In Alexander the Great’s time, steel was either unheard of or incredibly rare. (It’s disputed.) In Genghis Khan’s time, it was mass-produced by the ton to arm and armor entire armies…

Riding a horse without a solid saddle means all of your weight is on the animals’ back. With a solid saddle, the weight of the rider is distributed over a larger area to the horse’s flanks…

At this point in time, Chinese soldiers made use of flame throwers, shrapnel bombs, and breech-loading guns. At the height of Genghis Khan’s reign, he had vanquished the northern Chinese Jin dynasty and absorbed their heavy cavalry and gunpowder armed infantry into his forces.

In other words, it’s not even close. You have one army with steel weapons, good armor and flamethrowers, and the other army fighting with flimsy weapons and basically wearing no protection. The whole thing is a fascinating read. [Slate]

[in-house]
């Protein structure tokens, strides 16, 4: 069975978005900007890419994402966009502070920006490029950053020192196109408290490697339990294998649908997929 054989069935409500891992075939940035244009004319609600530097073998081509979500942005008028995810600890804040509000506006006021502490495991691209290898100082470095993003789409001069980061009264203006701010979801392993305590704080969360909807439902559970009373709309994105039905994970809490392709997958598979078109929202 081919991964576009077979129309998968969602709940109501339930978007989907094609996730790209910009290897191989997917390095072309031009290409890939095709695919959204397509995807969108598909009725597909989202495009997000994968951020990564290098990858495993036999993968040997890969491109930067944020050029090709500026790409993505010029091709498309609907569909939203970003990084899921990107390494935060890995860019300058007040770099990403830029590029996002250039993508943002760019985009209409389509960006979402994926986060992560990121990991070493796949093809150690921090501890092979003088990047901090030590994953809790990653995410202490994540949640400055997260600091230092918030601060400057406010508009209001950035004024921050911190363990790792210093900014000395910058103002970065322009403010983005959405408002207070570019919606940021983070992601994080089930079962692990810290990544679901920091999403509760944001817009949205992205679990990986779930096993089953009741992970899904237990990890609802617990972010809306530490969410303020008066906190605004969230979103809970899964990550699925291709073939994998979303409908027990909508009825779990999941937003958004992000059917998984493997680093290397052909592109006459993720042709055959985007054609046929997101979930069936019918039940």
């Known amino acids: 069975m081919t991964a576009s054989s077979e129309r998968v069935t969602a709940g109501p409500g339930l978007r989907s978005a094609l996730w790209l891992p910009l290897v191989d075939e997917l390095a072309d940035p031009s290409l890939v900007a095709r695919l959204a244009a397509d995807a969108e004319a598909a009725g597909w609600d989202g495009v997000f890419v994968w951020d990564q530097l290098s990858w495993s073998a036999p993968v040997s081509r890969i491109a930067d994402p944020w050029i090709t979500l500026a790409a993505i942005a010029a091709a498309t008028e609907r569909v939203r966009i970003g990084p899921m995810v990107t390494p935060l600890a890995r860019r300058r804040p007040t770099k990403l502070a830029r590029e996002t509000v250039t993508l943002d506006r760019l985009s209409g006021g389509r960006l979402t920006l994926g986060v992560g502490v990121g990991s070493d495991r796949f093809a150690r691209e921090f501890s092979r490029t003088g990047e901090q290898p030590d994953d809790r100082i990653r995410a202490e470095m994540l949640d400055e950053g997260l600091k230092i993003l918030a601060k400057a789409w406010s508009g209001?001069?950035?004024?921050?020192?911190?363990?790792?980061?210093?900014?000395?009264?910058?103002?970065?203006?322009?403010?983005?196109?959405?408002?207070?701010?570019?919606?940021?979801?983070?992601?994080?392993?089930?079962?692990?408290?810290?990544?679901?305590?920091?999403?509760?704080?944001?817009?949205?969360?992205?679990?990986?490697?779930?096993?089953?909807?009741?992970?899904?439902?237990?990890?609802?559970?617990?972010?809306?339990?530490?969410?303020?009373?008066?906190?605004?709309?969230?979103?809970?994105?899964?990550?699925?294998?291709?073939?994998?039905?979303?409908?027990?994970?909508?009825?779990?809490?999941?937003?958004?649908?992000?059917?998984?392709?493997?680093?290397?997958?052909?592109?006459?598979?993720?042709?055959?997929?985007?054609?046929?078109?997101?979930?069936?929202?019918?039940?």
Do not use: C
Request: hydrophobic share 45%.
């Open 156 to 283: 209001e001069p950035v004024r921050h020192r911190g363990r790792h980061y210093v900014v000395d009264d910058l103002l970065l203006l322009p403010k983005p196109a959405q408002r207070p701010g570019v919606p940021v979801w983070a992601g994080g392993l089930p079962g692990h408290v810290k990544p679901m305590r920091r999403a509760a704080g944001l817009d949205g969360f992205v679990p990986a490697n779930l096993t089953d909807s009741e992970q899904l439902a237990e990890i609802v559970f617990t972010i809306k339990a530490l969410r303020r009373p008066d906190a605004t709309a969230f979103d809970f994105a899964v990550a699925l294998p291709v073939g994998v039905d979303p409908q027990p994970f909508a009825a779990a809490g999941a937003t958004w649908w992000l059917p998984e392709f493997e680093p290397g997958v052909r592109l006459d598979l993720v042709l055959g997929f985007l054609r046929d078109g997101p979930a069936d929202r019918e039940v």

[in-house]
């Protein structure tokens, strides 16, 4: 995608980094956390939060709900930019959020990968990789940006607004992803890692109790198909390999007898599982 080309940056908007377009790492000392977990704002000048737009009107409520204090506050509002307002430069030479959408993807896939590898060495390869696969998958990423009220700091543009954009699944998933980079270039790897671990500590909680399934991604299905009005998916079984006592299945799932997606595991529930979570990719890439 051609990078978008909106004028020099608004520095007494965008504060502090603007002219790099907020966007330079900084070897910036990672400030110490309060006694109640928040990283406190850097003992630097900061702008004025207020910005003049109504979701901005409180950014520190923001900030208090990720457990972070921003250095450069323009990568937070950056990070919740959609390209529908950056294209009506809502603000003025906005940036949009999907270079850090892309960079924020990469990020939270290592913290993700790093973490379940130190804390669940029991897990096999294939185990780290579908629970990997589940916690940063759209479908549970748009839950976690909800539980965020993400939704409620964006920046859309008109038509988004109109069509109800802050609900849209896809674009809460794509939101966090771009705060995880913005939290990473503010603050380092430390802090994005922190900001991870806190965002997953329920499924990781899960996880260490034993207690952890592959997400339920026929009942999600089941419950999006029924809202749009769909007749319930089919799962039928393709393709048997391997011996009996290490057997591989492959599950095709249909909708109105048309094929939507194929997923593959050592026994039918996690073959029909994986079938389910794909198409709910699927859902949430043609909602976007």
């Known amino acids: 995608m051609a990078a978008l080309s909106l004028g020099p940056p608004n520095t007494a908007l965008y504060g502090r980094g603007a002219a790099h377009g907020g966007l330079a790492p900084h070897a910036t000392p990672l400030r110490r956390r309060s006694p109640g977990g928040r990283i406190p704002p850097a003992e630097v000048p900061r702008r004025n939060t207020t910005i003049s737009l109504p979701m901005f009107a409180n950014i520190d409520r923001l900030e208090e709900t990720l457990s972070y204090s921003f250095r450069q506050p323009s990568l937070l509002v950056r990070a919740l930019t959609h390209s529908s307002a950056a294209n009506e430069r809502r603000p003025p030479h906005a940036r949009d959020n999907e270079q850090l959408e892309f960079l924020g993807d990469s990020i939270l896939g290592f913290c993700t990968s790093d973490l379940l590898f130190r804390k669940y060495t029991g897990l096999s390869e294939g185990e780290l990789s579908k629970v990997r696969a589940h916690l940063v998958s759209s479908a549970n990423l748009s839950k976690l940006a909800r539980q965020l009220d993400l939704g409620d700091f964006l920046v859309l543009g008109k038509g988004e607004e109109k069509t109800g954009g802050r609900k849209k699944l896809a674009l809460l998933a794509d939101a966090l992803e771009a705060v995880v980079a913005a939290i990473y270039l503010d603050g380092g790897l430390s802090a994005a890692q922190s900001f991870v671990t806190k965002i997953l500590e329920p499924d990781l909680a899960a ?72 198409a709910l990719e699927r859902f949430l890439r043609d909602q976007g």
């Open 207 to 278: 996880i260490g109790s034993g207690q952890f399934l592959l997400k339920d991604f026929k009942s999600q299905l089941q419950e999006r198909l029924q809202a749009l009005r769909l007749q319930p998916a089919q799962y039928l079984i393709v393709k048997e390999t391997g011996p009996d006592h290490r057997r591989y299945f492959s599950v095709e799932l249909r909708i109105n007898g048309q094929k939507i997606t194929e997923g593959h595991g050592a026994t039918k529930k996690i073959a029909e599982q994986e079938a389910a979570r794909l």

The Penitent Man

The Penitent Man tells the story of psychologist Dr. Jason Pyatt, a man devoted to his work – a man torn from his family. With his struggling marriage and mounting bills, Jason is at a crossroads with the life he has chosen and the life he could have. When one of his clients – the mysterious Mr. Darnell – walks into his office and paints him a repentant tale of future economic and moral collapse, Jason’s eyes are forever opened. With the help of his best friend Ovid, he embarks on a personal mission to change the course of his future, and possibly the world, forever.


The Penitent Man 2010 HD (Space Time Travel/Space-Time Continuum)

The Penitent Man tells the story of psychologist Dr. Jason Pyatt, a man devoted to his work – a man torn from his family. With his struggling marriage and mounting bills, Jason is at a crossroads with the life he has chosen and the life he could have.